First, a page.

I do think that Senator Clinton‘s bar is much more difficult.  I think in the general election, I do think that older voters who have voted on the economy and who have serious needs—I mean, Chris, you talked about the needs voters and a lot of the older voters are needs voters.  The worry that I have is if Barack Obama is not the nominee, what does happen to these young voters?  I mean, many of them are very young, idealistic, and this is—they‘re first-time voters.  It‘s difficult.  It‘s a different bar. 

I think it‘s much more difficult for Hillary Clinton to appeal to those younger voters than it will be for Barack Obama to appeal to the older voters. 

MATTHEWS:  Torture this, quickly, if you can.

ROSEN:  I think that Hillary Clinton or Barack Obama is going to win the young vote against John McCain.  He is talking about a war that will strain our resources so much that the fear of the draft will come back.  That‘s what happened, remember, with John Kerry a little bit in 2004.  The fear of the draft will be the single biggest motivator for young people, and the economy, second, but—

MATTHEWS:  That‘s the word that brings the word need to young people.  Thank you very much, Hillary Rosen.  It‘s great to have you on.  Rich Masters, thank you, sir.  Up next, the end of another big political week.  We‘re going to break it down in the politics fix.  Not a good week for Barack Obama.  On NBC this Saturday morning, the moderator of “Meet The Press” Tim Russert will be talking to the chairman of the Democratic National Committee, Howard Dean. 

Tim‘s going to find out how he plans to bring this thing to an end, if that‘s imaginable.  This is HARDBALL, only MSNBC.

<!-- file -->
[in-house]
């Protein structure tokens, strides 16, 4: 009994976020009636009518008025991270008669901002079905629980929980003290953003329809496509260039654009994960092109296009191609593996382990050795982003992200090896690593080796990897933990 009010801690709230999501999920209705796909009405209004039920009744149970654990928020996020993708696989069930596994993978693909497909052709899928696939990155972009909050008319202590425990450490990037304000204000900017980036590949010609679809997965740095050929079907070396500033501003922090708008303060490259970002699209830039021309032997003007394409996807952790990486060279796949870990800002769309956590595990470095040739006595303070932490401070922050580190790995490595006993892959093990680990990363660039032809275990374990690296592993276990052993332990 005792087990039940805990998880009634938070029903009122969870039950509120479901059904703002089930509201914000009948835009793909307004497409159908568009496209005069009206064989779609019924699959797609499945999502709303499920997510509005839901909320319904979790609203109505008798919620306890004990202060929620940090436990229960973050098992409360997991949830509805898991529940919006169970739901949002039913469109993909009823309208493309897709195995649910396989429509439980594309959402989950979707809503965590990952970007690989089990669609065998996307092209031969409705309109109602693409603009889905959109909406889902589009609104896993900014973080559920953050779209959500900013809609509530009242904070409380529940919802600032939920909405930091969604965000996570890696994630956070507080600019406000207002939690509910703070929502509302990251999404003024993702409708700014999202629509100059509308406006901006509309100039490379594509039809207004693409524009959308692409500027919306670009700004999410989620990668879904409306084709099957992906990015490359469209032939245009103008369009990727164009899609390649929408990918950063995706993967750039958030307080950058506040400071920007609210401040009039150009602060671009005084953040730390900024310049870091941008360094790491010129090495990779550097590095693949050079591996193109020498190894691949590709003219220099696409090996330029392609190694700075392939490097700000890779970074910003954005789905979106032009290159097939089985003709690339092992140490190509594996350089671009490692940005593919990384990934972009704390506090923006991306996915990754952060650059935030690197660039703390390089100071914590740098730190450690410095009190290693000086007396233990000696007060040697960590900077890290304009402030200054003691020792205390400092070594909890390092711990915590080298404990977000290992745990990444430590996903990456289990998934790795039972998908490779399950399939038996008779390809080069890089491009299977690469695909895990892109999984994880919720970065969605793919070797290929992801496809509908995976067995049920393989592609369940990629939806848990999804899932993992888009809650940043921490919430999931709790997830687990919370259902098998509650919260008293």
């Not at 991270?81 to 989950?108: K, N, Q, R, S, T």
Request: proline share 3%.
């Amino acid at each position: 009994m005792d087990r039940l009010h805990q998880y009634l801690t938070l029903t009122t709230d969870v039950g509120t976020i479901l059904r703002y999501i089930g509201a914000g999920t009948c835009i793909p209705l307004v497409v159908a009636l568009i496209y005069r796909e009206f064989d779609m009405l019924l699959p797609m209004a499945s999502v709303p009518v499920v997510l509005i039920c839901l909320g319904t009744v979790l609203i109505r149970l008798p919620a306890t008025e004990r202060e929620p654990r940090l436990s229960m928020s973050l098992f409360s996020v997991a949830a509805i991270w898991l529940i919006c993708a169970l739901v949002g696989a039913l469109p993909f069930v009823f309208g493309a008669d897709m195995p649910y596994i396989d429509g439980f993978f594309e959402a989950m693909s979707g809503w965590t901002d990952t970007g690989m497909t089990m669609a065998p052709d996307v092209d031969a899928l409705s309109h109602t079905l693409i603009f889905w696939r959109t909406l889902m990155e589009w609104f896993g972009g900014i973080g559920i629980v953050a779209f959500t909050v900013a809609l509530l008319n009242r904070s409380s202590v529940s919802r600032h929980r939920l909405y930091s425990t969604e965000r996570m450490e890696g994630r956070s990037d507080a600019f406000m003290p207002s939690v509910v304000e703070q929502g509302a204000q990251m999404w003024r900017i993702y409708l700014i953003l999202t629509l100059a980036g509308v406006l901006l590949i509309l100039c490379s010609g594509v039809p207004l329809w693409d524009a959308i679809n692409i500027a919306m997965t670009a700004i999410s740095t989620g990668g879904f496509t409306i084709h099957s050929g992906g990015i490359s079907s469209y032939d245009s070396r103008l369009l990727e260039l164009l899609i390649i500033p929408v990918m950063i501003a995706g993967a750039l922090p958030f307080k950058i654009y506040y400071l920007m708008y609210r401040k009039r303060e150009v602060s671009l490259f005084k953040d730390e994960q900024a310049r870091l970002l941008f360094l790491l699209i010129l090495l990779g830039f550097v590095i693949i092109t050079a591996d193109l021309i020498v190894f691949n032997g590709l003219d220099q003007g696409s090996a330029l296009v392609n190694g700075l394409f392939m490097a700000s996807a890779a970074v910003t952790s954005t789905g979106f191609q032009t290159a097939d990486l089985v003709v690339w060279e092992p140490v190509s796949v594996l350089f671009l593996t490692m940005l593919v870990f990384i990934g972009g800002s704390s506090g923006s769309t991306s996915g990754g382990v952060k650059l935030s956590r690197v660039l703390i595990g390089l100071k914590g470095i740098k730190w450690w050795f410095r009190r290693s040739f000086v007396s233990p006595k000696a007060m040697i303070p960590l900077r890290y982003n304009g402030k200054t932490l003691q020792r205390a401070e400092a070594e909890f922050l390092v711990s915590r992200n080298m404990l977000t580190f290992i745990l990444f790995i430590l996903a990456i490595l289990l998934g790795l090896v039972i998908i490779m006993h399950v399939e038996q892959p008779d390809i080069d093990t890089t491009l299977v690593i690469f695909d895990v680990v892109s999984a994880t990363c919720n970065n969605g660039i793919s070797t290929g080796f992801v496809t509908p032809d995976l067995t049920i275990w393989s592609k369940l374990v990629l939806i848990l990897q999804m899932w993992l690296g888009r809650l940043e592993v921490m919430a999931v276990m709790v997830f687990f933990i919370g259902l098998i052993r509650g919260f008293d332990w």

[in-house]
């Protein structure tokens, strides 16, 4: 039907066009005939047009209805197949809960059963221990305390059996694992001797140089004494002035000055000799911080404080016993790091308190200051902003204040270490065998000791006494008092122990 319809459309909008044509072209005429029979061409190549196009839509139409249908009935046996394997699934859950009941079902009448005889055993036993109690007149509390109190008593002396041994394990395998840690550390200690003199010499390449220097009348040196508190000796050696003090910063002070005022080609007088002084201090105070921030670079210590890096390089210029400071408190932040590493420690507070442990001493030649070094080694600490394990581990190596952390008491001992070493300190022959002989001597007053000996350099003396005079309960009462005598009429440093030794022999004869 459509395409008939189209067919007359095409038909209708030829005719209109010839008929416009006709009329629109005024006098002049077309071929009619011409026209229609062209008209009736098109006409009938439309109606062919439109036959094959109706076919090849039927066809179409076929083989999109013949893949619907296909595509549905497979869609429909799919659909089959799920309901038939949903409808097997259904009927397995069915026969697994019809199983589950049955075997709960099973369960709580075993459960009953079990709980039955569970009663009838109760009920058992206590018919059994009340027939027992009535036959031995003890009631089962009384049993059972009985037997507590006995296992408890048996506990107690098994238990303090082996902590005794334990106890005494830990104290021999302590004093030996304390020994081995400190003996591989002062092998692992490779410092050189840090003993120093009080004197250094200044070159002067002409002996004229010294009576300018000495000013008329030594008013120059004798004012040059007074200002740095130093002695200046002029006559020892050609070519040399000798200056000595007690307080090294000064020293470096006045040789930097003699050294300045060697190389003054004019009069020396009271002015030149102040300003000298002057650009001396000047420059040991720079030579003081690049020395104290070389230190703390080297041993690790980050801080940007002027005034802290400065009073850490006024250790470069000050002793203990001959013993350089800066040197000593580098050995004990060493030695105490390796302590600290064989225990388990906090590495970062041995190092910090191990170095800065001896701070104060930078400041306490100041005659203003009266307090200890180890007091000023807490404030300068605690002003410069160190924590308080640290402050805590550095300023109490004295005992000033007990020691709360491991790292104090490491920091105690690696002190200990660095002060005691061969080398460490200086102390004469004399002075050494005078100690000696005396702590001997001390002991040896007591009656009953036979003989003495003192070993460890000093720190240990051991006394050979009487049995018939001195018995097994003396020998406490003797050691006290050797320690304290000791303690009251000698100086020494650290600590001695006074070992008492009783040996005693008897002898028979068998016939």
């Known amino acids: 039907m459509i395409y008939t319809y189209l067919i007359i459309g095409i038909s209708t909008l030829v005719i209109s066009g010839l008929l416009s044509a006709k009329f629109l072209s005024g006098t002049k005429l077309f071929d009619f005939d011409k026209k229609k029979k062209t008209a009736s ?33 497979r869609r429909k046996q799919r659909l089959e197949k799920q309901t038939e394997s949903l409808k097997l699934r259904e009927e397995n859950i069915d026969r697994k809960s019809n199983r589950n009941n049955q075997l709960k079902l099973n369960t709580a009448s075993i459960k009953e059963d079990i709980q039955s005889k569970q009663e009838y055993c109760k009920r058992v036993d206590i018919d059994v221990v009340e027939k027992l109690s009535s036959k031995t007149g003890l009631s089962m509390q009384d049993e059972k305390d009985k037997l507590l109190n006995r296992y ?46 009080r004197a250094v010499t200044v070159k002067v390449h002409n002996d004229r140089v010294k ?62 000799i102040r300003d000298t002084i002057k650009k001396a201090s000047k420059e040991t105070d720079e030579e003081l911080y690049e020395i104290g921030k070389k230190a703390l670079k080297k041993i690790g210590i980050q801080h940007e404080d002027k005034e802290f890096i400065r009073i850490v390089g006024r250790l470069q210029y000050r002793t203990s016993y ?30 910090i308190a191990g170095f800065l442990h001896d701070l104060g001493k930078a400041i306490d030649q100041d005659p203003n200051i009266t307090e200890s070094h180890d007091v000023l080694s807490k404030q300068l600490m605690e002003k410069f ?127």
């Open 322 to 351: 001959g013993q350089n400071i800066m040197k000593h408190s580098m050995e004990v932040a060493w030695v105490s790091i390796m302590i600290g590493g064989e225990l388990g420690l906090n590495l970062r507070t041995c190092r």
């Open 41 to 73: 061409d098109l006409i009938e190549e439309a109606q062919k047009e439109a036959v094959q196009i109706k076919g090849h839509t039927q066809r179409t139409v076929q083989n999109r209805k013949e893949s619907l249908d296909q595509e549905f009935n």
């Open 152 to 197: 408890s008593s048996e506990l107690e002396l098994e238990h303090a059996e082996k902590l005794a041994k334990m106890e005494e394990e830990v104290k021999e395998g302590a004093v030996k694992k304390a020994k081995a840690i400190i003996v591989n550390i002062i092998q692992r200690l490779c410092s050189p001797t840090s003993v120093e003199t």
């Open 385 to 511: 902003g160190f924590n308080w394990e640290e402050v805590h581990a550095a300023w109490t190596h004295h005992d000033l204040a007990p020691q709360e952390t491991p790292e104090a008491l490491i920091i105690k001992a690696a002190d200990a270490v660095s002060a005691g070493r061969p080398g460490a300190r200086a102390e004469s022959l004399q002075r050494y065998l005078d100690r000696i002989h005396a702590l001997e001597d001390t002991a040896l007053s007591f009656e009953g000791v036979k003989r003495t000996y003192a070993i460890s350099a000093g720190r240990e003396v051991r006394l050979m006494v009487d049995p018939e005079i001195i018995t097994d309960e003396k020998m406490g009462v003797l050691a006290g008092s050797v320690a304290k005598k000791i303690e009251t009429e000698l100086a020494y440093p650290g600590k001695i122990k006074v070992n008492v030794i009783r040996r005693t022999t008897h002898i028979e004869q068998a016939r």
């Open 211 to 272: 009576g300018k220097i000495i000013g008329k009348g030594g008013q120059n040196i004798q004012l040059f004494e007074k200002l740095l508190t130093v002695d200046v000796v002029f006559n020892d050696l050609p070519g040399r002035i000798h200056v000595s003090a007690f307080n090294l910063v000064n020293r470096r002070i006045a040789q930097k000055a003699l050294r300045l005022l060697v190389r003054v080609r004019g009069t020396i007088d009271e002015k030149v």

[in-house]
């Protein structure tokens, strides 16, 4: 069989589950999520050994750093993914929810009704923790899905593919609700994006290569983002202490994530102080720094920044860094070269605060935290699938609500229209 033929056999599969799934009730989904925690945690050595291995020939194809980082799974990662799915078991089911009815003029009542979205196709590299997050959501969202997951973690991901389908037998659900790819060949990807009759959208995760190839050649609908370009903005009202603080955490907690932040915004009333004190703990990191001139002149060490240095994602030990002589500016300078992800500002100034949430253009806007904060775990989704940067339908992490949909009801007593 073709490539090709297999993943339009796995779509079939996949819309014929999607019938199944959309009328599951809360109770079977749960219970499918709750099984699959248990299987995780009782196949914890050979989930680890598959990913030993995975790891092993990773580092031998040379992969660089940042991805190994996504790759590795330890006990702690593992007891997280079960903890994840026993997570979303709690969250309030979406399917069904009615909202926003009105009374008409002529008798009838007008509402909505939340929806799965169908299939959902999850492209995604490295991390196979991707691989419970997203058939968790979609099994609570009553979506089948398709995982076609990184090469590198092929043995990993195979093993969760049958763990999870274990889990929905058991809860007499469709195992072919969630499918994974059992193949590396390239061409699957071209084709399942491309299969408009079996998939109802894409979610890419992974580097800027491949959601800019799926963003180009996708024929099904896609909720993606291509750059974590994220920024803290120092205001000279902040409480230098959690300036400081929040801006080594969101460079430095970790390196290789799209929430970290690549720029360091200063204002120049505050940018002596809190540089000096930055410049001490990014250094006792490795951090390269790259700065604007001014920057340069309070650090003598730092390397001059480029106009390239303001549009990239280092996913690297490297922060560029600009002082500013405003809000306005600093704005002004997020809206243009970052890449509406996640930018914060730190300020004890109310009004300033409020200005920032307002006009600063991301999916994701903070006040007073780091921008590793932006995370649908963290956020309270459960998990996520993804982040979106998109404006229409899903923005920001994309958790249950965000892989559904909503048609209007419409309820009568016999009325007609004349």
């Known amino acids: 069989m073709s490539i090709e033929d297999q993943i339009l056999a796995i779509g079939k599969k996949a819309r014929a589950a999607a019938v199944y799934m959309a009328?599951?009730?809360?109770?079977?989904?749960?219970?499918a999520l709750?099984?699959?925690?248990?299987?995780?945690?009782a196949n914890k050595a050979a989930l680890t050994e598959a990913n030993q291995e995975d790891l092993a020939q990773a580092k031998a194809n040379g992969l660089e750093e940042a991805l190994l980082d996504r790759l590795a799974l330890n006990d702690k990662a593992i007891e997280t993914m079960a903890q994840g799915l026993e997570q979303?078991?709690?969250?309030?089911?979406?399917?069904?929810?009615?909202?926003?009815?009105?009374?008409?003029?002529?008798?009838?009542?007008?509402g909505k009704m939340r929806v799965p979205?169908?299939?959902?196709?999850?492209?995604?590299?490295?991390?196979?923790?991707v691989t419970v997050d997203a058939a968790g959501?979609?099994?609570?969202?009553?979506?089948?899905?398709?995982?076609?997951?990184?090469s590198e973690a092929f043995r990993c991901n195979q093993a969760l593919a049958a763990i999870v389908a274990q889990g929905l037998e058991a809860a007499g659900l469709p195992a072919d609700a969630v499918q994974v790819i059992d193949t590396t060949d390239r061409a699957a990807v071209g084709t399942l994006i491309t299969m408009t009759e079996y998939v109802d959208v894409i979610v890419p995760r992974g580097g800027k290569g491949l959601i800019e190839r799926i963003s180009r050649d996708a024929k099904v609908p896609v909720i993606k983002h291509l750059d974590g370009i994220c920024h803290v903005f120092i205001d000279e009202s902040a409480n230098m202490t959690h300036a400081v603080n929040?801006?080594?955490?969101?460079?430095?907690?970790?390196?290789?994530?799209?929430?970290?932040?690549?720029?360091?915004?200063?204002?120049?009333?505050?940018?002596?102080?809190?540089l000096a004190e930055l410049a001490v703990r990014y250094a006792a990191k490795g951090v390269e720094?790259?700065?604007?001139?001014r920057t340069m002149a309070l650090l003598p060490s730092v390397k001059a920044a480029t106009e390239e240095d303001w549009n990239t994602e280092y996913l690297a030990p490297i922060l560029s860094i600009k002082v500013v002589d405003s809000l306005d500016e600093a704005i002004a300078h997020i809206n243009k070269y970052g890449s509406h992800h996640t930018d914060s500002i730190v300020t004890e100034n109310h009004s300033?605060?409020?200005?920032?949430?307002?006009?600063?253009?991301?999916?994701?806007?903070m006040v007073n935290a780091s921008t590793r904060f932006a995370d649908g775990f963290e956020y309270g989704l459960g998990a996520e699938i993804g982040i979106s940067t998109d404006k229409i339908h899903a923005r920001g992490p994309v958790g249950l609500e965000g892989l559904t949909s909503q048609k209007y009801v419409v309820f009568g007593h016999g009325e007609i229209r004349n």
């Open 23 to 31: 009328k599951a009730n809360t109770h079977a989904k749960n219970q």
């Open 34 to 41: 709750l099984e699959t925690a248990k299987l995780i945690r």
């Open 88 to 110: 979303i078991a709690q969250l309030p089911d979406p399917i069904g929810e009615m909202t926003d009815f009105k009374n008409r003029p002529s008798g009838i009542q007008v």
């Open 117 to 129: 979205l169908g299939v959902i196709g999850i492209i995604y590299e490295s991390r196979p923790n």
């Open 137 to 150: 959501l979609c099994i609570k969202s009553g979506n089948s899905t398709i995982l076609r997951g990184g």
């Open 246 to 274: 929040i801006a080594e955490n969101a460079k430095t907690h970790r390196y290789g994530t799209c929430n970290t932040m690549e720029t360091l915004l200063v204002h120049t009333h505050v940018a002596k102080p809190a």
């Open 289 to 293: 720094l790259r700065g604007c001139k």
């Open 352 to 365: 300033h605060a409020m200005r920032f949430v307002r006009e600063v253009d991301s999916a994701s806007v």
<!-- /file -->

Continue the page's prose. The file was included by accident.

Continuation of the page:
MATTHEWS:  Welcome back to HARDBALL and the politics fix.  Our round table tonight, Chrystia Freeland of the “Financial Times of London,” Chris Cillizza of the “Washington Post” and Jonathan Martin of the Politico.  Let‘s take a look at a hot new poll; the “Indianapolis Star” poll has Obama over Clinton by three points now.  For the general election, “Indianapolis Star” poll has Obama over McCain by eight points.  Look at that 49, 41 and has Clinton and McCain tied at 46.  That‘s relatively good news for Obama.  What do you make by this, Jonathan?

JONATHAN MARTIN, POLITICO:  I was struck by his lead in the general election.  I think it‘s very good news. 

MATTHEWS:  Does that auger well for the primary as well? 

MARTIN:  Absolutely.  Also, Chris, it does this, it raises Obama‘s expectations.  He now cannot try and spin away a loss in Indiana.  He‘s now got a credible poll. 

MATTHEWS:  He needs to win a close one. 

MARTIN:  He has a credible poll showing him in the lead. 

CHRIS CILLIZZA, “THE WASHINGTON POST”:  I was going to say, Chris, it feels like every race we‘ve had in the last couple months, March 4th, Ohio and Texas, this past week in Pennsylvania, is a must win for her.  If she doesn‘t win, it‘s all over.  At some point, it‘s interesting, Indiana may be a must win for both of them, in that she may not be able to continue credibly if she loses, but Obama has to shut this idea down that these manufacturers—